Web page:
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Chart: Cendant Stock Price

Michael Eisner is hanging on. The Walt Disney (DIS) chairman, under fire from shareholders and some board members, won unanimous support on Sept. 24 for a strategy to kickstart earnings growth through new cost-cutting and better results at Disney's ABC, theme park, and consumer-product units.

Eisner also faced down his harshest critic, board member Stanley Gold, who was forced to share power with former Senator George Mitchell (D-Me.) as co-chair of an enlarged governance committee. Eisner is hardly out of the woods, however: Under pressure to create a more independent board, Disney plans to cut to 12 its 16-person board, and maybe name a "lead director" to speak for shareholders, says Disney governance counsel Ira Millstein. And despite some early-season success, ratings are uncertain at ABC--a key barometer for Eisner's survival. But the Disney chief could have a blockbuster deal: Talks are heating up to merge ABC News with AOL Time Warner's CNN, which could cut more than $100 million a year in combined costs. Astrazeneca (AZN) and cancer drug developers in general, got some good news on Sept. 24 when an advisory panel for the Food & Drug Administration recommended approval of Astra's Iressa for very sick lung cancer patients. Iressa is the first of a novel class of targeted cancer therapies to make it this far with the FDA, and the news delighted investors, given that clinical trials have had mixed results. The FDA likely won't vote on the drug before January and could still ask for more tests, but it usually follows panel recommendations. The recession didn't seem so mild anymore after the U.S. Census Bureau announced that average household incomes plunged by an inflation-adjusted 2.2% last year. It was the first significant decline since the last downturn in the early 1990s, knocking families down to a median of $42,228, about where they were in 1998. The national poverty rate jumped for the first time in a decade, to 11.7%, from 11.3% in 2000. Poverty rates increased more for whites than for blacks, although the income decline hit hardest among blacks, families headed by women, and the foreign-born. Every region of the country saw a falloff except the Northeast, where household incomes grew by an average of 1.7%. Energy trading companies have suffered another string of legal setbacks. On Sept. 23, a judge at the Federal Energy Regulatory Commission ruled that El Paso Corp. (EPG) had manipulated prices of natural gas in California during the state's energy crisis. The company maintains its innocence. Separately, Dynegy agreed to pay a $3 million fine to settle Securities & Exchange Commission charges that it misled investors with fictitious trades and an off-balance-sheet financing vehicle. In a sign that more bad news may come, California's Attorney General asked a federal court to reverse a ruling by federal regulators that wouldn't have allowed the state to collect more than $2 billion it claims it was overcharged by energy companies during the crisis. Saying "We are an entertainment company," Vivendi Universal (V) Chairman and CEO Jean-Ren? Fourtou told investors the embattled French company won't sell its U.S.-based studio, music, and theme park business. Fourtou had been in tense discussions over a possible sale of the studio to USA Interactive (USAI) Chairman Barry Diller, whose company owns 5.4% of the film unit and who could block a sale. Instead, Fourtou says the company will shed $12 billion of other assets, including its publishing, energy, and Internet operations and its telephone interests in Poland, Hungary, and Kenya. Still unclear is what Vivendi will do with its minority stakes in its water and sewage business and its Cegetel phone service. There's more bad ink for Xerox. On Sept. 23, the Stamford (Conn.)-based copier maker revealed a new probe of its accounting. This time, the U.S. attorney's office is examining the company. Xerox says the investigation focuses on the same issues that led to a $10 million SEC fine in April and the restatement of $6.4 million in revenue. At that time, the SEC accused the company of fraudulently inflating earnings to meet Wall Street's expectations by accelerating revenue from leasing contracts, improperly drawing from reserves, and other maneuvers. News of the latest probe pushed Xerox shares down 16% over two days to $5.60 per share. -- Three (HOMS) executives have agreed to plead guilty to securities fraud.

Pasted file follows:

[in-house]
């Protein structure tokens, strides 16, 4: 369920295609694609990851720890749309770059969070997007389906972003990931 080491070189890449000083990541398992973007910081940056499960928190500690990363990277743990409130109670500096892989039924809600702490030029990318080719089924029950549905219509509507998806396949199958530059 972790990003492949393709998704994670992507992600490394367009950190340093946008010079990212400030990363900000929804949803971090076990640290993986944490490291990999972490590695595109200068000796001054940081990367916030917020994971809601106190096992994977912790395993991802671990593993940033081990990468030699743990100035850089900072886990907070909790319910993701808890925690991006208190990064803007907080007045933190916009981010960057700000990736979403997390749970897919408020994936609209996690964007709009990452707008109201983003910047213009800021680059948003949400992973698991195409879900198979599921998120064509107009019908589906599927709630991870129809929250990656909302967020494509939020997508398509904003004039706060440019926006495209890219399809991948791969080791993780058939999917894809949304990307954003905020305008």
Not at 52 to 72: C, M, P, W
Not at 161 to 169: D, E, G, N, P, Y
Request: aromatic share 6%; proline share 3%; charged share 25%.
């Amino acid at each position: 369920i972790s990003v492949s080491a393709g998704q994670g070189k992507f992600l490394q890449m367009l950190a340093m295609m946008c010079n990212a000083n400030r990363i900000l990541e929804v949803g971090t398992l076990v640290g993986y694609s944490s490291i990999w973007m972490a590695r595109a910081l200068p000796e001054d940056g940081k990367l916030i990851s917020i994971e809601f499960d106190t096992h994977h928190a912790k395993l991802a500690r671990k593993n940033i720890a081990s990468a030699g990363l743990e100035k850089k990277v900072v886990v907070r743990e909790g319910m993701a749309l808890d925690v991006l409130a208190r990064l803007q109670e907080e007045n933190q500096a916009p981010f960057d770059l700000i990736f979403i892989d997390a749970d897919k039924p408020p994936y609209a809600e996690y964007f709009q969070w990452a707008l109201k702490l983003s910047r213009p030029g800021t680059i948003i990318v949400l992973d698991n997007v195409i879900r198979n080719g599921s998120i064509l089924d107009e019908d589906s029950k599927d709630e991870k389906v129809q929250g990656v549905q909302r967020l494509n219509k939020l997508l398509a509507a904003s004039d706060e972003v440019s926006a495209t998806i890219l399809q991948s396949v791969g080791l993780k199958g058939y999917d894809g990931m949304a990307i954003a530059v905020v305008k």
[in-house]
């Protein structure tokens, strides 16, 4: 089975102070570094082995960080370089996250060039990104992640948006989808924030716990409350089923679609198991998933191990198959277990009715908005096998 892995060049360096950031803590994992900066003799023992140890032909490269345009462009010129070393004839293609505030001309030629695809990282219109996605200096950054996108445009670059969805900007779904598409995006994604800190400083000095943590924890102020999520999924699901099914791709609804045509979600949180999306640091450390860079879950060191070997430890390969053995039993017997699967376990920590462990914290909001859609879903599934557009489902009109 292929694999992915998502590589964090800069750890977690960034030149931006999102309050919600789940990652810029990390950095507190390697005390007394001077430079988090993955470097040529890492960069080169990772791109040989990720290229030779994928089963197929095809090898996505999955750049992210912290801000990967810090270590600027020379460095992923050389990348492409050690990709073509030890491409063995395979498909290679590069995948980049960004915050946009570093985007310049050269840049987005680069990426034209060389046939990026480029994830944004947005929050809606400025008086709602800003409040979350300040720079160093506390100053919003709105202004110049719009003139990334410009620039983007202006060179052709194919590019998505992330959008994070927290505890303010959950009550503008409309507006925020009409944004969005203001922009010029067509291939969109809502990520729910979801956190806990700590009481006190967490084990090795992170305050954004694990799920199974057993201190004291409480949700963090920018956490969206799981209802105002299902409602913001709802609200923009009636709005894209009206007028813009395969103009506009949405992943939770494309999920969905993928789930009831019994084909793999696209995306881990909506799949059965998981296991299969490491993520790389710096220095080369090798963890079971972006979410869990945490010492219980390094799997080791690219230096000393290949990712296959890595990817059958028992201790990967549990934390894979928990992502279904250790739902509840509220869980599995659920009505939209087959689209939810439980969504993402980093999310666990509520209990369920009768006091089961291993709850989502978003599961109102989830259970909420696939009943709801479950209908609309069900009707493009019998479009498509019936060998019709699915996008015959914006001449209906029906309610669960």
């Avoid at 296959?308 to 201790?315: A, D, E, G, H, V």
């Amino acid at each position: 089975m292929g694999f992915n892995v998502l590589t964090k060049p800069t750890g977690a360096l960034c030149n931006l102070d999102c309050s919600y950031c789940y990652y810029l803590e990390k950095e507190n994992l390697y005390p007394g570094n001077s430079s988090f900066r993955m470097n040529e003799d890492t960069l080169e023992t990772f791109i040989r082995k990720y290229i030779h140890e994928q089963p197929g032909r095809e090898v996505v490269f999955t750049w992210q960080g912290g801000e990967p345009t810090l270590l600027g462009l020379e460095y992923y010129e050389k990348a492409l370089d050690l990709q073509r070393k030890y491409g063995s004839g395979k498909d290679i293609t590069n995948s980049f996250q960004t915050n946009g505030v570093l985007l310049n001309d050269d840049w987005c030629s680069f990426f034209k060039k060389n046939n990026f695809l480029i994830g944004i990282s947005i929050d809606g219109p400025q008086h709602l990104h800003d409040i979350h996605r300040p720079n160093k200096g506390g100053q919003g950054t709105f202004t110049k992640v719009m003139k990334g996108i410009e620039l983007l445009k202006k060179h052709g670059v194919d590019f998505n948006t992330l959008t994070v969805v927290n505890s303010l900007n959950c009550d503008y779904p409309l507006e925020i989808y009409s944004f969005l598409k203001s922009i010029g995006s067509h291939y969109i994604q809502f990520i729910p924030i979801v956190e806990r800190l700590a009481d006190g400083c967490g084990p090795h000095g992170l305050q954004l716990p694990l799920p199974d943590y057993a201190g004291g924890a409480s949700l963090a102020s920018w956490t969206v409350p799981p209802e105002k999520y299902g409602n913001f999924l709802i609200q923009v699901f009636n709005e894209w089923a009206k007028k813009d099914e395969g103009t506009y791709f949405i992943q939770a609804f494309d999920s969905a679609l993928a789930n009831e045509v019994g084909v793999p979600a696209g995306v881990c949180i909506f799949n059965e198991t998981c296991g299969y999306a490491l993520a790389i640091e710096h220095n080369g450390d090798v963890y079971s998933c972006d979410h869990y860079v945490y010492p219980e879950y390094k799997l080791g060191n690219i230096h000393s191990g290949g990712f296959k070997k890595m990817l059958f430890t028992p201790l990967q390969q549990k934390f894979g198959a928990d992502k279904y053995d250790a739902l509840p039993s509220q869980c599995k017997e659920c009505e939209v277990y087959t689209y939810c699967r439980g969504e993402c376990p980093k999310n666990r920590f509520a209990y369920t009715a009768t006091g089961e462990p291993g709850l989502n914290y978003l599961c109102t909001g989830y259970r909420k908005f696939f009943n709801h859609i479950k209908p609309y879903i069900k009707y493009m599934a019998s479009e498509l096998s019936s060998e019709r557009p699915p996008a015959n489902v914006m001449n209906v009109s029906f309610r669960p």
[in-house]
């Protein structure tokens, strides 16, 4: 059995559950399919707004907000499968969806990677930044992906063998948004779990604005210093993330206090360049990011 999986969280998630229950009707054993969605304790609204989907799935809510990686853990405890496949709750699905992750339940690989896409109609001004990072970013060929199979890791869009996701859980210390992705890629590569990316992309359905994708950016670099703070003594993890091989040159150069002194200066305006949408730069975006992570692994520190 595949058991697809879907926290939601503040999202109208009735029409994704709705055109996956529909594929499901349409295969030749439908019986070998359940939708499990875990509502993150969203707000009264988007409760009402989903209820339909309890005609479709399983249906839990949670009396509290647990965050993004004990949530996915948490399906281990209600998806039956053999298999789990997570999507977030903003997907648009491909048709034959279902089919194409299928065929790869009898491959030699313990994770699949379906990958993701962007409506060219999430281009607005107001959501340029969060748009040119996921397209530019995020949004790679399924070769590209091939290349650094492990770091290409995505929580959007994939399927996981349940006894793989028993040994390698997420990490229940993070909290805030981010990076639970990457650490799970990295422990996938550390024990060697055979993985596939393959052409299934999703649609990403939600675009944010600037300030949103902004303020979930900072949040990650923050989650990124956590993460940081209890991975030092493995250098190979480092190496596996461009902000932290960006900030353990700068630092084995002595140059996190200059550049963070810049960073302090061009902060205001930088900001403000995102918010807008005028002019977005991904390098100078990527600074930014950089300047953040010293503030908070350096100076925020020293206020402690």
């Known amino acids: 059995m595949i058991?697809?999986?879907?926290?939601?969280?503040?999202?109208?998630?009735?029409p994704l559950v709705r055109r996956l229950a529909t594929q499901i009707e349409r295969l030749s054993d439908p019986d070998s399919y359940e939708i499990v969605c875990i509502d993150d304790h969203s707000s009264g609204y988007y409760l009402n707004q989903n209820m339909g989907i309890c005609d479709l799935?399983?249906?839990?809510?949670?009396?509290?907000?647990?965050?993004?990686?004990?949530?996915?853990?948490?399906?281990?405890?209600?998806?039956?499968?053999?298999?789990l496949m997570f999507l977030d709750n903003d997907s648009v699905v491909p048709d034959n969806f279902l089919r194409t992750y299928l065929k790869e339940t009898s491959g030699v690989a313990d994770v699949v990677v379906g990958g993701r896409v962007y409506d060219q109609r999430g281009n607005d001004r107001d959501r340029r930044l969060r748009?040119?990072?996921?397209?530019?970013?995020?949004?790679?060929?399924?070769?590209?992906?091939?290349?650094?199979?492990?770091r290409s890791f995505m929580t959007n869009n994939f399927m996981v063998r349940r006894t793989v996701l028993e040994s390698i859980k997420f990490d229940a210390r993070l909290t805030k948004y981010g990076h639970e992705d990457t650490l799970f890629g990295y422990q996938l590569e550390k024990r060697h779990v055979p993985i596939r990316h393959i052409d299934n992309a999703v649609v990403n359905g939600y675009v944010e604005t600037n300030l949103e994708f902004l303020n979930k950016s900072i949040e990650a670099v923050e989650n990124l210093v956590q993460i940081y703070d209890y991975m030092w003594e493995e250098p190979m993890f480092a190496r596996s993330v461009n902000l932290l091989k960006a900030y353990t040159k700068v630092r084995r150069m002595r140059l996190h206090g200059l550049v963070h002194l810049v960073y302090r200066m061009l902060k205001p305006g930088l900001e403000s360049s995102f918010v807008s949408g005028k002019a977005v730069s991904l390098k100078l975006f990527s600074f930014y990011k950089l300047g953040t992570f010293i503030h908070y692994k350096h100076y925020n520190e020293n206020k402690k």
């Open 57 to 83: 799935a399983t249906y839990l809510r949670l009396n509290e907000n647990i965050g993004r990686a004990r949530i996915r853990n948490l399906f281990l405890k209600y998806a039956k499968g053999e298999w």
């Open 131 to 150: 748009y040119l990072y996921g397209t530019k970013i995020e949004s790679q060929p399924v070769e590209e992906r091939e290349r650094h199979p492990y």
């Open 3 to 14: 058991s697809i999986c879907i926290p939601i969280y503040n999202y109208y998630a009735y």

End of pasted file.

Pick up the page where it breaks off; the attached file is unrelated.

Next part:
-- Fleming is selling its struggling retail division to focus on its wholesale business.

-- A judge said insurers are liable for only one attack on the World TradeCenter, not two. Cendant (CD) shares fell 13.2% on Sept. 25, to 11.25, after the travel and real estate franchising giant took a $175 million aftertax charge. Thanks to low interest rates, consumers are refinancing mortgages sooner than expected, cutting Cendant's servicing fees. The write-down will cause Cendant to miss third-quarter earnings estimates.

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